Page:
PC Protocol of Suunto EON/Solution/Vario

This document describes the transfer protocol and memory layout of these Suunto diving computers:

  • Suunto Eon
  • Suunto Eon Lux
  • Suunto Solution Alpha
  • Suunto Solution Alpha Lux
  • Suunto Solution Nitrox
  • Suunto Vario (same as the Nitrox model)

The [[Suunto Solution]] is an older model with a different communication scheme.

Open Questions / Unknown things

  • Does more than the 3 bytes for the transmission exist? I checked all letters, but there may be others?!?
  • Any way to set the time of the EON? I don’t think so 🙁
  • Does the EON really has a 3 byte counter for the number of dives? Or is it only 2 bytes and the first byte has a special meaning?
  • What meanings have the other bytes in the header (32..255 with the exception of the serial number in 244..246)? I think 32..210 are unused, but the other contains constant (they never changed at my EON) data.
  • How does the PC software find out, where the first dive in the log starts? At the moment I get the $82 position from the header and search for next $80 (end of dive), skip the temperature and pressure byte and – viola – the first (oldest) dive.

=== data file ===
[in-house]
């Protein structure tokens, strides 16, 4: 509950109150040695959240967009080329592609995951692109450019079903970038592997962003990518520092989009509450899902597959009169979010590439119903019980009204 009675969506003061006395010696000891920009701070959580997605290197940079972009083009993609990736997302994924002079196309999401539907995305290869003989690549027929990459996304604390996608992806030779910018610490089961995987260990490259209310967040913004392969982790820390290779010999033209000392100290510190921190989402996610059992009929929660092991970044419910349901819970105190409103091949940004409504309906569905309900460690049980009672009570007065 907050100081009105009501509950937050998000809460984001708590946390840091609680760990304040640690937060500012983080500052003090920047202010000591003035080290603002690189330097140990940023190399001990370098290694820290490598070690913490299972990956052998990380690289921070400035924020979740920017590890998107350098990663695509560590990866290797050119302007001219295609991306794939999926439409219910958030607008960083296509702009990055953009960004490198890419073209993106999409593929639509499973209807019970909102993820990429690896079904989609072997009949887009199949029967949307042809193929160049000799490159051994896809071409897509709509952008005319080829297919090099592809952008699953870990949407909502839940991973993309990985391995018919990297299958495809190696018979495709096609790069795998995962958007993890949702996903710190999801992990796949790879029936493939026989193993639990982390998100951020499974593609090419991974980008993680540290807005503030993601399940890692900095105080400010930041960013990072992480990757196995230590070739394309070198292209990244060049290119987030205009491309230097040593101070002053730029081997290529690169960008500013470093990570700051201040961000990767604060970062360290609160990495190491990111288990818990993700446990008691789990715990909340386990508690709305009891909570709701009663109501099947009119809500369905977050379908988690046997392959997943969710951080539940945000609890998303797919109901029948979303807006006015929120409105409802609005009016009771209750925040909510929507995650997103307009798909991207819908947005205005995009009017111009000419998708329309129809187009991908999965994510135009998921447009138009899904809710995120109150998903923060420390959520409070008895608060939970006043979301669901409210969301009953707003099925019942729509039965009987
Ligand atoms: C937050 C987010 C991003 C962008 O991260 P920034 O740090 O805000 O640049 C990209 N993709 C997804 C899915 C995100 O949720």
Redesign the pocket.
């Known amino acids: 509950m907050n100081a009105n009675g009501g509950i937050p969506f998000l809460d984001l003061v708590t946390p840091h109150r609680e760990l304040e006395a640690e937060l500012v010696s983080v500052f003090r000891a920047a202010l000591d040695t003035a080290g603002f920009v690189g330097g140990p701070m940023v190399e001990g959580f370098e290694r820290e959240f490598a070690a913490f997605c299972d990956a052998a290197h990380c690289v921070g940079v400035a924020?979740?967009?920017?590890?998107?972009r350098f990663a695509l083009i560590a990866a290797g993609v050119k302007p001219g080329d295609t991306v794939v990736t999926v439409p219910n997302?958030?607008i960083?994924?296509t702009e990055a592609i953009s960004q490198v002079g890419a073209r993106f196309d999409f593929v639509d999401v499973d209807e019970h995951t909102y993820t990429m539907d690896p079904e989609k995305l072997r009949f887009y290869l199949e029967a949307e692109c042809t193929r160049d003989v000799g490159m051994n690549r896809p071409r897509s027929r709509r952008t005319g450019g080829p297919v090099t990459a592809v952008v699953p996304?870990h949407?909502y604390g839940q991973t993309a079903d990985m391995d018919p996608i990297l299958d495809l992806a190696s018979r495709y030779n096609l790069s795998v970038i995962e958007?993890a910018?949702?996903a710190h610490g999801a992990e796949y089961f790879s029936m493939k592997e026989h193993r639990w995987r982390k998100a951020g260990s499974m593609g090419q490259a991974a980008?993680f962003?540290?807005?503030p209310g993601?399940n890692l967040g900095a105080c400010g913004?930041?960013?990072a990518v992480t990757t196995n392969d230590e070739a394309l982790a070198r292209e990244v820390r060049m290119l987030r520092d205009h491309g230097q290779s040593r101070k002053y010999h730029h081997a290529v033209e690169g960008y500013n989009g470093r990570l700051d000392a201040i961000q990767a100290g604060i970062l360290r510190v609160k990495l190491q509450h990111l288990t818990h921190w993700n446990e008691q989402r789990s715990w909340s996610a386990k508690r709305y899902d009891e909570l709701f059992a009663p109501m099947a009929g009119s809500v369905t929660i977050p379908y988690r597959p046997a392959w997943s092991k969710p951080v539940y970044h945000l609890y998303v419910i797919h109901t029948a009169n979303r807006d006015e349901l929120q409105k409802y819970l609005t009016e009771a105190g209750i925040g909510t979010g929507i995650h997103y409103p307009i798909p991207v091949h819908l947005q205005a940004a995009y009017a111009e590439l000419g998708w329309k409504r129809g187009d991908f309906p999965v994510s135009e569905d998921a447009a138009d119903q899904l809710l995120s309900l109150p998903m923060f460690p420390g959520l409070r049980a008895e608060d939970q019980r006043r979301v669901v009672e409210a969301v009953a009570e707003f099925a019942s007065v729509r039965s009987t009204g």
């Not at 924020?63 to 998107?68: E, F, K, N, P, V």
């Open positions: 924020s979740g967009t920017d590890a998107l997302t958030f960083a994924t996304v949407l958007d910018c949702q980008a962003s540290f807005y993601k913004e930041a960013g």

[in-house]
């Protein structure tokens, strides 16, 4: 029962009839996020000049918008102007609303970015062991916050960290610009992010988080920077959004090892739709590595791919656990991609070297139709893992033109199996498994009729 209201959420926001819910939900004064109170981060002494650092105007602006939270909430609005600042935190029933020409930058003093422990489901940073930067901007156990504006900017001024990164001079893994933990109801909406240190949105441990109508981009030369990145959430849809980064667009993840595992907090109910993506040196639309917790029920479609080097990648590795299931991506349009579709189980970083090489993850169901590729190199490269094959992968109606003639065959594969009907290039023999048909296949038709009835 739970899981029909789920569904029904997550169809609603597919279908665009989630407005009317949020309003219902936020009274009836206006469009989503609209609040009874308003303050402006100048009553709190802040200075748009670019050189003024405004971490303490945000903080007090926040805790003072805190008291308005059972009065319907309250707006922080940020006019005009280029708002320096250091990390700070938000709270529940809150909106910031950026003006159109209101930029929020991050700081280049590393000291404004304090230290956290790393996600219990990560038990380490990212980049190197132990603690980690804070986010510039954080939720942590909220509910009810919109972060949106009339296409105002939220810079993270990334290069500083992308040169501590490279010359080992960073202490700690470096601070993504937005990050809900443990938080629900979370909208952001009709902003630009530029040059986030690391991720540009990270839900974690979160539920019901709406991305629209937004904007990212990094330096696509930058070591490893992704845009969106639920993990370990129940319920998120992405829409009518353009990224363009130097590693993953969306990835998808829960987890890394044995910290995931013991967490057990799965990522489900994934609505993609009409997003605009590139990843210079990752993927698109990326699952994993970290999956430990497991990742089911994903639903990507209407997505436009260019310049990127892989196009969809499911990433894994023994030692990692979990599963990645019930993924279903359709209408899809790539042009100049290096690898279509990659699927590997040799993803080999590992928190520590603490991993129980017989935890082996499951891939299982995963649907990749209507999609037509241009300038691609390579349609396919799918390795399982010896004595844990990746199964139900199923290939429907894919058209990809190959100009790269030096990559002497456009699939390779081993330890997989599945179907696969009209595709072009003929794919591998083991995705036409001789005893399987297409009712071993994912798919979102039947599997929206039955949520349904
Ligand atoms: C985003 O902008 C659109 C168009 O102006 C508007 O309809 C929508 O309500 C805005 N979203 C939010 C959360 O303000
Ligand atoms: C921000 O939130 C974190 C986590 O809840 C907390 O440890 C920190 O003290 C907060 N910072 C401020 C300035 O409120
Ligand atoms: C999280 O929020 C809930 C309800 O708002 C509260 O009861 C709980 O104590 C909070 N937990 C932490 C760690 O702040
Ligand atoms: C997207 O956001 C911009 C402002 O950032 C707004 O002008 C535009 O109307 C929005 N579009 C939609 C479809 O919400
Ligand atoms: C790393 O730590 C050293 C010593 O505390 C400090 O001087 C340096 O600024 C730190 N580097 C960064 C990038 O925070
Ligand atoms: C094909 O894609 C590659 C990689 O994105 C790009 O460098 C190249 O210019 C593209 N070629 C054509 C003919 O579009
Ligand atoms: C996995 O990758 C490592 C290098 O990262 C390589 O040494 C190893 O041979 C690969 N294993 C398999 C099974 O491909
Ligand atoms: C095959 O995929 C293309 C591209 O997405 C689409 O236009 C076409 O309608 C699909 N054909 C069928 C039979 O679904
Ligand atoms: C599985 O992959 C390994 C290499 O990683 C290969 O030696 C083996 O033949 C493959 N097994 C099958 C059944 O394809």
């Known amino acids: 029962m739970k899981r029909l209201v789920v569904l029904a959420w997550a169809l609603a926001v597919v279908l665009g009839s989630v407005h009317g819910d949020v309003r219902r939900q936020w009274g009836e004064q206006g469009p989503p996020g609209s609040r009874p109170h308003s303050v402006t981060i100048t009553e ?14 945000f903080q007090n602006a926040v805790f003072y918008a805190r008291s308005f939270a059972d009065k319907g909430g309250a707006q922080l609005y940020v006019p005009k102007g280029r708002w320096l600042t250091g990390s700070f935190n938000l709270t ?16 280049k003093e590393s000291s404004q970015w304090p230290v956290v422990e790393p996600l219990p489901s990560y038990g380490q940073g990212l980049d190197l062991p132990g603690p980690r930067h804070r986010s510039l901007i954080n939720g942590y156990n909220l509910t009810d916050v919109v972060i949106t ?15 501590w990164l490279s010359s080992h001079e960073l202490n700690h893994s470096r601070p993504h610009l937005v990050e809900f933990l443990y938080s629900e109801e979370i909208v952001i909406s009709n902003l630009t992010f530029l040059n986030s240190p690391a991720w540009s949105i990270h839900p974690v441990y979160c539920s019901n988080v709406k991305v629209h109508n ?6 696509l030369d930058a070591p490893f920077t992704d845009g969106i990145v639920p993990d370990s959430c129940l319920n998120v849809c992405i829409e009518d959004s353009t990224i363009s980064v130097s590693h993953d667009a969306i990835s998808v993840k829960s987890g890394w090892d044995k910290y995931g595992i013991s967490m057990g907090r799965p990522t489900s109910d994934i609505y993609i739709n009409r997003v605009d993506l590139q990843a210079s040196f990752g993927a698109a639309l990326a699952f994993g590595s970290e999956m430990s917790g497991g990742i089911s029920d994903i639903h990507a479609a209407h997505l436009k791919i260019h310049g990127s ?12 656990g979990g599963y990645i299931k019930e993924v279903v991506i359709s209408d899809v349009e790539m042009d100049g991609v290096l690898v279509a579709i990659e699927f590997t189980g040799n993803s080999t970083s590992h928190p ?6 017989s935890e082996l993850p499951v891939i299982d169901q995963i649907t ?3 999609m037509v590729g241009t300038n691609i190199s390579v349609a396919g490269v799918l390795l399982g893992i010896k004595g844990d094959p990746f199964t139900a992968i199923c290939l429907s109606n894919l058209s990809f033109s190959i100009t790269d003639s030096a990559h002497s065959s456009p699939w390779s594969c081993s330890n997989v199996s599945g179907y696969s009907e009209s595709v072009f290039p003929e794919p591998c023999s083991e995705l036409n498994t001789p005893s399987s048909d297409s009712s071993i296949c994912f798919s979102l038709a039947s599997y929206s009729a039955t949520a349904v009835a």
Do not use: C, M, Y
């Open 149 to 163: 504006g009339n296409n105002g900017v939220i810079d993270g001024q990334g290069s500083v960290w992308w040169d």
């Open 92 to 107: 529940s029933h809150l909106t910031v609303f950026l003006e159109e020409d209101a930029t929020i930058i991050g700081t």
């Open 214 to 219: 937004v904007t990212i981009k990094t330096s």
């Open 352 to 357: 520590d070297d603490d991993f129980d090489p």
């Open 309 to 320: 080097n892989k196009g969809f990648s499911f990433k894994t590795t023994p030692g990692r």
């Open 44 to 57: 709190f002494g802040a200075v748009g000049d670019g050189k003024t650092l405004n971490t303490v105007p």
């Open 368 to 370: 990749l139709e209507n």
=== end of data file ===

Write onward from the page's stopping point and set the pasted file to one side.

• information about the Nitrox model missing

Communication

The protocol uses 1200 8N2, which means 1200 baud with 8 bits, no parity and 2 stop-bits.

Transfer

You can send the following data to the EON:

  • ‘N’ ($4E) followed by 20 bytes, sets the owner name of the dive computer.
  • ‘T’ ($54) followed by 1 byte ($14, $1E, $3C, which are 20s, 30s and 60s) sets the data rate for the diving profile. Other values may be possible, so the profile values may be recorded with a 1s to a 255s interval – but they should not be used (information from the developer of the EON)
  • ‘P’ ($50) The computer sends $901 bytes (I call it the P-block) back to the computer.

Format of the P-block

The P-block has a $100 byte header and a $800 byte ring-buffer for the profile data plus a one byte checksum. The ring-buffer on a new interface only consists of $FF bytes.

The last byte after the P-block is a checksum: c
unsigned char chk = 0x00;
for(int i=0; i<0x900; ++i)
chk += buf[i];

The default name of the LOG files are: * ‘‘PROFILE.EON’’ for the Suunto Eon * ‘‘PROFILE.SOA’’ for the Suunto Solution Alpha * ‘‘PROFILE.SNV’’ for the Suunto Solution Nitrox/Vario

Header of the P-block

offset |     format     |  testvalue  | content
0–2 MSB binary $00015E number of dives made with the computer (here: 180; from the history). I am not sure, if the upper byte is used (I haven’t made 65536 dives yet 🙂
3–4 MSB binary $0258 divetime under water in minutes (here: 600; from the history)
5–6 MSB binary $3F46 max. depth (here: $3F46 / 128.0 = 126.5 feet; from the history)
7–8 MSB binary $0100 $900 – this value = offset after the last dive (here: $800)
9 MSB binary $3C current profile interval (here: 60s)
10 MSB binary $18 altitude settings (value / 32 = Altitude, here: $18 / 32 = 0, so A0) [bit 0: unknown (always = 0?), bit 1: nitrox, bit 2: unknown (always = 0?), bit 3: metric, bit 4: air (= EON)]
11 MSB binary $60 current year – 1900 (here: 96 => 1996, 00 would be 2000)